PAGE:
Fire Preparations

With the hope of warmer weather comes the threat of wildfires.

At the front of fire prevention and protection for the majority of Douglas County is the Douglas Forest Protective Agency, DFPA.

The DFPA “provides fire protection for 1.6 million acres of public, private, county, state, Bureau of Land Management, or BLM and Bureau of Indian Affairs Lands,” according to DFPA Fire Prevention Specialist, Kyle Reed. Charts detailing fire data provided by Reed show that in 2017 the county endured a total of 100 fires, 80 of them were human caused. Out of the 1.6 million acres DFPA protects, humans caused 16,570 acres to burn in 2017. One of those is still under investigation.

With significantly less rain this year, fire season may start considerably earlier then June, according to Reed. Simply mowing the lawn at hours prohibited under the fire threat level, or not putting out a fire completely at a campsite are enough to set the land ablaze.

Reckless behavior can lead to the person or persons responsible being charged for all costs of restoration and restitution.
The majority of homes and land ignite from embers and small flames. According to the National Fire Protection Foundation, embers are considered “burning pieces of airborne wood and/or vegetation that can be carried more than a mile through the wind.”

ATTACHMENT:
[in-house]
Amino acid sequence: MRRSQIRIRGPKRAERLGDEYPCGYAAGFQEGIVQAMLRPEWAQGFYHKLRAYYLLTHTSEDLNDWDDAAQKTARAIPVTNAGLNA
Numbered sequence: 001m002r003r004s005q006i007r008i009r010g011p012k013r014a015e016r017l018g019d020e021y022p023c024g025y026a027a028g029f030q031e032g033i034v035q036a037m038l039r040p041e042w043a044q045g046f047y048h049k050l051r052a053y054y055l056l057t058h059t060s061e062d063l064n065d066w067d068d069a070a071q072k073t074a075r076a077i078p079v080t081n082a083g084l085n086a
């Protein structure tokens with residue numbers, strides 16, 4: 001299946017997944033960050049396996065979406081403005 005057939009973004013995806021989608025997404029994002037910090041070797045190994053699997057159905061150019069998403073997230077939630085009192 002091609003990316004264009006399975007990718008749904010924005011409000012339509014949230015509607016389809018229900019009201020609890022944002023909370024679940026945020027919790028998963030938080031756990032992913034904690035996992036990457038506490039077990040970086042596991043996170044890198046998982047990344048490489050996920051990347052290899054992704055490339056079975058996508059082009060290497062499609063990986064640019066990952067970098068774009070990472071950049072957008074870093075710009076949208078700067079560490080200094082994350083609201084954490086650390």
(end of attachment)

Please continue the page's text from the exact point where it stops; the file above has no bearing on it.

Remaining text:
Reed suggests some ways to fire proof a home found on the Firewise USA section of the National Fire Protection Foundation’s website.

Reed advises to find ways to create defensible space around the home and land in the “immediate zone” around the house. This zone is between 0 and 5 feet from the furthest exterior point of the home.

When clearing this area in preparation, renters and homeowners should start closest to the home. Cleaning roofs and gutters of any debris or dead vegetation can prevent embers from catching. Repairing or replacing loose window screens and putting up wire mesh is suggested for areas under patios and decks which collect the most combustible materials. Removing flammable and combustible materials is also advised.

Fire crew working on the Hubbard Creek fire 2017.

In the intermediate zone between 5 and 30 feet from the “furthest exterior point of the home,” Firewise USA advises cleaning vegetation from areas under large propane tanks and keeping grass cut at a height of no more than 4 inches. Firewise USA also suggests reducing ladder fuels. Ladder fuels are vegetation located under trees. Pruning trees 6 to 10 feet from the ground can keep a fire from climbing up the tree as if climbing a ladder. This ultimately helps create what is called defensible space.

The extended zone from 30 to 100 feet and even out to 200 feet around the exterior of the home is basically landscaping that can reduce rapid spread of a fire. According to Firewise USA, disposing of heavy accumulation of ground litter and debris is important. Removing dead plants, small shrubs and tree materials helps prevent the fuel ladders in areas further out from the home.

Fire extinguishers are very helpful as well.

The National Fire Protection Foundation advises to have an evacuation route set up and make sure all important documents are readily available.